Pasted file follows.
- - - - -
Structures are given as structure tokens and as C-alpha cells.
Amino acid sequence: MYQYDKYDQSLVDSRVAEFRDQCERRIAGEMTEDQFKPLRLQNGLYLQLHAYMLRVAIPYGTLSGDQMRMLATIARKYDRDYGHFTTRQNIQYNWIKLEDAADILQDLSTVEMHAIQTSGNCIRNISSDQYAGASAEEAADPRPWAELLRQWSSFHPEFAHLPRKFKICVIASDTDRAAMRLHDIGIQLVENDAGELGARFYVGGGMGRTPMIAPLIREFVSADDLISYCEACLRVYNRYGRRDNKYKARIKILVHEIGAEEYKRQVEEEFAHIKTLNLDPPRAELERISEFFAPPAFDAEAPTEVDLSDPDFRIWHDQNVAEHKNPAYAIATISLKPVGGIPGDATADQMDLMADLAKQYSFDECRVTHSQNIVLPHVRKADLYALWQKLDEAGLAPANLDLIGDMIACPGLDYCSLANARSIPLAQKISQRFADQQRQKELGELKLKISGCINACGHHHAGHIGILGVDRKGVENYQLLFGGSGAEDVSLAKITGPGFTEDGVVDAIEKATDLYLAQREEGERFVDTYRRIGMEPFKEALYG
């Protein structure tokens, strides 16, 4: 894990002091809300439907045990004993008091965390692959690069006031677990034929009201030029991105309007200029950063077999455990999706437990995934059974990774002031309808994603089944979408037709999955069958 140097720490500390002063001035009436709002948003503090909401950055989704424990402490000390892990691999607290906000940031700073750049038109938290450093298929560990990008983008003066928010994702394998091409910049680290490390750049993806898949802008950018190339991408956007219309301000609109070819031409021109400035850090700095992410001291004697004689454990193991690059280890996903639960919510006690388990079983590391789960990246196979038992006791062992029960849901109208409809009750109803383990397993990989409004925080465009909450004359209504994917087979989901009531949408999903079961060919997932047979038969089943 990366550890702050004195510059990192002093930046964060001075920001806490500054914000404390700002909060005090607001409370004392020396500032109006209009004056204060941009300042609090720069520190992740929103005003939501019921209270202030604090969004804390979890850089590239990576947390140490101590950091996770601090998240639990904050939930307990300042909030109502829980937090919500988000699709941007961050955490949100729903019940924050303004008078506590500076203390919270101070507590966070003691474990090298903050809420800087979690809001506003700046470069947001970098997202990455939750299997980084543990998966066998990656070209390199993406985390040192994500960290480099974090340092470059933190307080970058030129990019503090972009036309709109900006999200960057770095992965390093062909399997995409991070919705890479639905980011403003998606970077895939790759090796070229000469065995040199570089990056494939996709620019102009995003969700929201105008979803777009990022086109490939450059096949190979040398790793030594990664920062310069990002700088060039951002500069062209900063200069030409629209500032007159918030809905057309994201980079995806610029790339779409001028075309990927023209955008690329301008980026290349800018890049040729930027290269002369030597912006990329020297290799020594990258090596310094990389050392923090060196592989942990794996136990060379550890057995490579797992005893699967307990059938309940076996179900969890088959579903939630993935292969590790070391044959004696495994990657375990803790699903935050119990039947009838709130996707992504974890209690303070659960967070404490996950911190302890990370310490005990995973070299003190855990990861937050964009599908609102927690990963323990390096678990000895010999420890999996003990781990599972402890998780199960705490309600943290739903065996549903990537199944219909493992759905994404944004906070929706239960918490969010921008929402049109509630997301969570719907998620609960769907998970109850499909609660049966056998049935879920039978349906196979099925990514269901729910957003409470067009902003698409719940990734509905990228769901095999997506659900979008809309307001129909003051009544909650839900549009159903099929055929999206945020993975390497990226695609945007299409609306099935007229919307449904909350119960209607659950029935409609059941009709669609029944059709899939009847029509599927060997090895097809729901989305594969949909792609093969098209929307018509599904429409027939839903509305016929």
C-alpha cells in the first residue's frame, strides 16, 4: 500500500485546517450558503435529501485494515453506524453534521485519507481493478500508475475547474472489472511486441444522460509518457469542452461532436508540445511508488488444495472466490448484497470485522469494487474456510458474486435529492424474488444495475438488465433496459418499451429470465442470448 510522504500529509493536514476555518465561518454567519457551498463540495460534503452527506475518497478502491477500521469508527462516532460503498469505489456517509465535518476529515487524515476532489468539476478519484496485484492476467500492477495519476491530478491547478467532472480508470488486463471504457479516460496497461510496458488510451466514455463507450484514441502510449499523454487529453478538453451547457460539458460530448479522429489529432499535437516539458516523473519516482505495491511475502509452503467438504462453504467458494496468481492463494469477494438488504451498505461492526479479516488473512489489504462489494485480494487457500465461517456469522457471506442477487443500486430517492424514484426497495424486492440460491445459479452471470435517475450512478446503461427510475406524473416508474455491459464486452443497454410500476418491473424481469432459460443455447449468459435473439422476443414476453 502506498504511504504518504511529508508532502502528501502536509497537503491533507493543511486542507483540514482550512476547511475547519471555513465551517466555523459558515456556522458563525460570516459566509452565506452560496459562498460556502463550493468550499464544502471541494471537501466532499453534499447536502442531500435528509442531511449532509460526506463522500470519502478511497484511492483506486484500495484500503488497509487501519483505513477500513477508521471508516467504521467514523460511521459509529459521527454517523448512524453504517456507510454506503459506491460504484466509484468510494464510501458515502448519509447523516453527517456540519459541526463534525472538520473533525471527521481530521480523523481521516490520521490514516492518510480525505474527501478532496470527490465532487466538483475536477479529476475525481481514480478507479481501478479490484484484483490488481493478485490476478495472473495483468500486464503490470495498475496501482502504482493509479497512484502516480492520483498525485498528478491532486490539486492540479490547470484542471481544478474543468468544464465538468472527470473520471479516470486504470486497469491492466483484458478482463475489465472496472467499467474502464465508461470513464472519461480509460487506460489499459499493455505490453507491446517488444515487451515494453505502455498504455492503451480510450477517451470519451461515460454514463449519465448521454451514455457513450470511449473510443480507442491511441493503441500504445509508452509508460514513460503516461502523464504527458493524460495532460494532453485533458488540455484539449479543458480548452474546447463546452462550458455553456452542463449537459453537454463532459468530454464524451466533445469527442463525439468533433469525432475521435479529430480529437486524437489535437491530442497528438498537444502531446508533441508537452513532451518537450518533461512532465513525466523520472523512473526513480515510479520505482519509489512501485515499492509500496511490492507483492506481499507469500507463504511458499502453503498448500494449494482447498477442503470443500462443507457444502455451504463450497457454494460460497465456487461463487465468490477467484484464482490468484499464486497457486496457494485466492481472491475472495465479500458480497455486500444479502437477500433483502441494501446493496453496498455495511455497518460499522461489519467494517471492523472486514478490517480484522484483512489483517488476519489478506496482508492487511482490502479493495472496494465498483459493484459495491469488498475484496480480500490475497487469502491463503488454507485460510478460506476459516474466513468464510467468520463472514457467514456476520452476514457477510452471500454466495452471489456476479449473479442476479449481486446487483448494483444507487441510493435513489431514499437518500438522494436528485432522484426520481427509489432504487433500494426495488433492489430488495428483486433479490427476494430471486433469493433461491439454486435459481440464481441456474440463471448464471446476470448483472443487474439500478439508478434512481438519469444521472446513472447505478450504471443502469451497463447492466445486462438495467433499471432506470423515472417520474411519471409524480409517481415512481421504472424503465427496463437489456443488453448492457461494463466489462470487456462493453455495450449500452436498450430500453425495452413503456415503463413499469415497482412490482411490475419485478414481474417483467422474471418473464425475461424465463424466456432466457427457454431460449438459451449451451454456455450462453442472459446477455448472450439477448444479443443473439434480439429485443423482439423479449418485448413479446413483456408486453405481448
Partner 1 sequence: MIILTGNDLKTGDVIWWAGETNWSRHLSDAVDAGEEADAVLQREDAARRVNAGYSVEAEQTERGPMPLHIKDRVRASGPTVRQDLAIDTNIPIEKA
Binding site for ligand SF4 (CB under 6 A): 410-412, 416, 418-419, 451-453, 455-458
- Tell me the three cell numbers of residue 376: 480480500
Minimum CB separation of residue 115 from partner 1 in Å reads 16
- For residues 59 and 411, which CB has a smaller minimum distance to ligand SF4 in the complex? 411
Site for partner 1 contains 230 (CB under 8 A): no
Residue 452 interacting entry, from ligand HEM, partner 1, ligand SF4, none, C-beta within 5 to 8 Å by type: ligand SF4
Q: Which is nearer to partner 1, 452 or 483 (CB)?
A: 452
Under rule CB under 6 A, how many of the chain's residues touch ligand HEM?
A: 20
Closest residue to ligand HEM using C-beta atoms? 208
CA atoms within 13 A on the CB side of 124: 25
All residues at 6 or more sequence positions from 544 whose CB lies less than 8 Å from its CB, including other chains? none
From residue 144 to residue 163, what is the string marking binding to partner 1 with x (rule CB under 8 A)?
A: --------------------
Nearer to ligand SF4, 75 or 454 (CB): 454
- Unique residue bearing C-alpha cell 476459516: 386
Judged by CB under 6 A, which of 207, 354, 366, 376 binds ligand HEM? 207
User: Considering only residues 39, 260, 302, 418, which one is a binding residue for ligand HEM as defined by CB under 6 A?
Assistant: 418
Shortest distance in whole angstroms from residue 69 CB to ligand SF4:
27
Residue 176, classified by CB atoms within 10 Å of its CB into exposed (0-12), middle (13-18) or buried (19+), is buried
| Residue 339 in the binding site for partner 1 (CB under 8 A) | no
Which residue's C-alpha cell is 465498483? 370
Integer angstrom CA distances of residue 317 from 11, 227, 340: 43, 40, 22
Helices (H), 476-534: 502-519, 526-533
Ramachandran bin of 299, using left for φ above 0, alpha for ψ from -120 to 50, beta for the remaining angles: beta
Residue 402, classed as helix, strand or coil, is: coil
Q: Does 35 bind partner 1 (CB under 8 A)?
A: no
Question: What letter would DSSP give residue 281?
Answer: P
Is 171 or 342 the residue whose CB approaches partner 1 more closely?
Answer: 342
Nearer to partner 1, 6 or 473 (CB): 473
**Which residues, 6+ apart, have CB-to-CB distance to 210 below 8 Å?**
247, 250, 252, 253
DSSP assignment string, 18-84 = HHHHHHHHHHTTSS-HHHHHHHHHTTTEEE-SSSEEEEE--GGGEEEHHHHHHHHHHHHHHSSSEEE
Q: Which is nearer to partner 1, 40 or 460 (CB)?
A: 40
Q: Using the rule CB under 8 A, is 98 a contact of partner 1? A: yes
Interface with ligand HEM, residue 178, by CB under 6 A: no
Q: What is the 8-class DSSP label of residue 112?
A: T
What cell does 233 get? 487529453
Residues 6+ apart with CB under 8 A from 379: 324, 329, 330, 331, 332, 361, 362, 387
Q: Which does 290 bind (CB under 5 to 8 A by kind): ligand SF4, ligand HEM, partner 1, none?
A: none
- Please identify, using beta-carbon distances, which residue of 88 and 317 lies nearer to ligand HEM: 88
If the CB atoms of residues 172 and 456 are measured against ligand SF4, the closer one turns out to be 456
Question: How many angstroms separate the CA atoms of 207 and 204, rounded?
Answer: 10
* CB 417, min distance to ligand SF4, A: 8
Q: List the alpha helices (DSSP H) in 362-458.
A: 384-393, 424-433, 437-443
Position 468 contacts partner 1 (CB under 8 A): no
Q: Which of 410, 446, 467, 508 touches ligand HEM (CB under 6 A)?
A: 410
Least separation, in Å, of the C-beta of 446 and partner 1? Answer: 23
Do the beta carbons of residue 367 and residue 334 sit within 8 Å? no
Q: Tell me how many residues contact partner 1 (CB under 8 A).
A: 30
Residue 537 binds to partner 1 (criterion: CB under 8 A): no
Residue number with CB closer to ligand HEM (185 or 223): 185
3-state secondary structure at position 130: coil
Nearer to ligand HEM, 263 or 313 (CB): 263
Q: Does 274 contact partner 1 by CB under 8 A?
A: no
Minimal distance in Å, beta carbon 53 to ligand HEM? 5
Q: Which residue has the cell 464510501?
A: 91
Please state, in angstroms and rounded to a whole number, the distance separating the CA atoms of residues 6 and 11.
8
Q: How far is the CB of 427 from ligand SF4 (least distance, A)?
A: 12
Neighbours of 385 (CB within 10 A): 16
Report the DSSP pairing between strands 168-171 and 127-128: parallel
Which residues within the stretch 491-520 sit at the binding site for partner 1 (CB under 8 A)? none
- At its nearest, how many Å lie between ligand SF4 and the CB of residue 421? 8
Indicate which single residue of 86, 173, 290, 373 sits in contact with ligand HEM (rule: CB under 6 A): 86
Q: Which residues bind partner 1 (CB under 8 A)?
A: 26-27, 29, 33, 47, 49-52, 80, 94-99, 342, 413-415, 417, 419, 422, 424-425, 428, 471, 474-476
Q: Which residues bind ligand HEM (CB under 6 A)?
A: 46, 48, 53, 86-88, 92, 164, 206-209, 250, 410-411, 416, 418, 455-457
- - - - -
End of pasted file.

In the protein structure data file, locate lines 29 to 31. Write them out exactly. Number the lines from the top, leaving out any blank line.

| Residue 339 in the binding site for partner 1 (CB under 8 A) | no
Which residue's C-alpha cell is 465498483? 370
Integer angstrom CA distances of residue 317 from 11, 227, 340: 43, 40, 22